The three Process on getting the raw Abaca Fiber

  • tuxying (separation of primary and secondary sheath)

  • stripping (getting the fibers)

  • drying (usually following the tradition of sun-drying).

The process can be exhausting because all is done by manual labor from cutting the plant, stripping the fiber, you need a raw strength to pull the fiber out from its sheaths and traditionally sun dried the harvested fiber for the final process. 

In the past the community could harvest Abaca plants three times a year for there are so many Abaca plants in their forest  but after the millenia their forest had been slash and burn to be converted into agricultural land. Now because of deforestation the community can now harvest their Abaca only once a year, once a year  Tusan can generate an income from selling his Abaca fiber a mere 20$ for a year of fiber he harvested, once a year Mani and his sibling can eat rice and a meal even if it is only once a year. 

Before Mani could taste another meal from his every food of sweet potato, his Father Tusan first had to traverse to the foot of the mountain in a 6 hours hike to take his Abaca Fiber to a trading post.The group journey start in midday, hauling their 20 kilos or more raw Abaca Fiber to certain Sitio Semandre. The hike going up the mountain is hard but going down would be as much hard as going up for you need to hold your balance when your body momentum when going downhill that’s where Tusan and his group are very good on balancing their body in a downhill slope for they just glide with their momentum as if like running downhill with all their heavy baggage.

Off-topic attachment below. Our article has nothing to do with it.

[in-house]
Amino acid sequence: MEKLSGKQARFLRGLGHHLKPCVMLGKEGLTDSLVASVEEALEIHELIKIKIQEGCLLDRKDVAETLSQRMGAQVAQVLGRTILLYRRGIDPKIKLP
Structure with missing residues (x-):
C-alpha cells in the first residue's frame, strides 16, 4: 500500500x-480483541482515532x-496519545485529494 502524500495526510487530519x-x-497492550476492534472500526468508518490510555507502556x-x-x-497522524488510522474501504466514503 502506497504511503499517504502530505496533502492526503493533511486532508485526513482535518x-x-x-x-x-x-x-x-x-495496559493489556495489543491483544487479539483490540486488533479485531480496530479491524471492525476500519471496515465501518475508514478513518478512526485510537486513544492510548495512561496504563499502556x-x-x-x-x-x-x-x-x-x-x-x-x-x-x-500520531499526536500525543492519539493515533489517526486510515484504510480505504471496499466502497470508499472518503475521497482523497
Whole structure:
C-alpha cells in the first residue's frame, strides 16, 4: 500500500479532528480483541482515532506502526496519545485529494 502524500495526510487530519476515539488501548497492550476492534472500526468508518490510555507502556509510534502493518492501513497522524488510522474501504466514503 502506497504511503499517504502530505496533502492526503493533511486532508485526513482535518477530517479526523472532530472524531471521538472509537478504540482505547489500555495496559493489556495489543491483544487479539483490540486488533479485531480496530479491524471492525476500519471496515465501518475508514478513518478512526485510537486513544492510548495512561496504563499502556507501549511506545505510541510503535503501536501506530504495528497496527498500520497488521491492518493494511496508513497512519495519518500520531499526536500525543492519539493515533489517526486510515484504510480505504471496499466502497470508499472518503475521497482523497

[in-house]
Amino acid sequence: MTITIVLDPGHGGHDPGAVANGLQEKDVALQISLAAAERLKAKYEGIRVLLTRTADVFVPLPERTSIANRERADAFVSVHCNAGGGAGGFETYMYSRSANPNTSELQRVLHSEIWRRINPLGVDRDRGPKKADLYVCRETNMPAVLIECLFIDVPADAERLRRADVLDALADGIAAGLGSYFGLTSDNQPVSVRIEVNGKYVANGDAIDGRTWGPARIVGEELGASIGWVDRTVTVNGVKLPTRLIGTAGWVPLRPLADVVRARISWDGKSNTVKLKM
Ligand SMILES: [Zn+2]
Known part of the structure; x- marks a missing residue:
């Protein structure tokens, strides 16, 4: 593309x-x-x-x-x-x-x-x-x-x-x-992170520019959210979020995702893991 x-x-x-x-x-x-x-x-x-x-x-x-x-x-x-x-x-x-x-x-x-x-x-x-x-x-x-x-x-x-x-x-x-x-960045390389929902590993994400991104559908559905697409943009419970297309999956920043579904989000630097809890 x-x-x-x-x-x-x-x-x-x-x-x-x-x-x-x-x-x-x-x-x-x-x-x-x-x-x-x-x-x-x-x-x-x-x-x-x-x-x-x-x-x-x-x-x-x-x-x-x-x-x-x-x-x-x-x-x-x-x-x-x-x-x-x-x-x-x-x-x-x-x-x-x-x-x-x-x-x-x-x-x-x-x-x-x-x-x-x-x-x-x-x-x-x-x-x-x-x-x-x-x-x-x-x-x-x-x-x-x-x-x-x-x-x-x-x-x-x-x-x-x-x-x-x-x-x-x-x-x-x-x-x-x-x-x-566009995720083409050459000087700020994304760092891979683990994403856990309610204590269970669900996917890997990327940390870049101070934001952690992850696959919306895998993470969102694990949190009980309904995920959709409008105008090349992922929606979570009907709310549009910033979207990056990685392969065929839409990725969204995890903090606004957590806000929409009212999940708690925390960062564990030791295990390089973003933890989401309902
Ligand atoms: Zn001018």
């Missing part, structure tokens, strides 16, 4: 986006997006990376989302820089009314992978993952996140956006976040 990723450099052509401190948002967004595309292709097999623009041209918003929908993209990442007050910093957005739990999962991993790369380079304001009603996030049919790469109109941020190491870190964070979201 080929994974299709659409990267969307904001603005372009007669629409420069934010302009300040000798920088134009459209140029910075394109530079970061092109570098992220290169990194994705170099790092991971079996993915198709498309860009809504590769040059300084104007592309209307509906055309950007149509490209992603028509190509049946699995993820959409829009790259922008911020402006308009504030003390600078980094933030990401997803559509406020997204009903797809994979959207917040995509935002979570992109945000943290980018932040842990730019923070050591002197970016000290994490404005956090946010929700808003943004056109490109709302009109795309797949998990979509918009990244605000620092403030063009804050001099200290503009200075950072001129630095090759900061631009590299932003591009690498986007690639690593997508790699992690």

Almost sundown when Tusan and the group reach Sitio Semandre and immediately go to the trading post to weigh their Abaca fiber and to check if it’s all dried. Tusan Abaca fiber weighs at 27 kilos, for a kilo is worth 40 Philippine pesos and overall Mang Tusan traded his Abaca for a thousand pesos, but had taken home a pay of 400 pesos for Tusan already  had a 584 pesos balance in the trading post. A year of harvesting Abaca fiber for a mere 4 pieces of 100 peso bill that a hardworking father Tusan received with all smiles on his face and would immediately  buy some food essentials like rice,sugar,coffee and sardines. As Miss K said thus Mang Tusan knows that his one year of labor got him just a few paper bills, paper bills that are made from the fiber that he works hard to harvest. A man who hauls ingredients that would be used on making a banknote can not even hold a banknote even just for a day, how ironic life can be.

Final Thoughts

The day after Tusan had bought some food for his family, Mani and his sibling eagerly waited for the rice to cook and be eaten. Every grain would be fully enjoyed and consumed, every grain that came from a year of labor, love and determination from their father.

People sometimes do not value a banknote for some influencer on social media platforms can be seen as defacing,mutilating and burning a banknote for their content creation. They had no idea on what ordeal some of the Abaca farmers in the highland had to undergo just to harvest and trade their raw product for a few paper bills. Finally, how I wish that the local government or a NGO can help those in the Sitio Banli that can alleviate them from their current condition.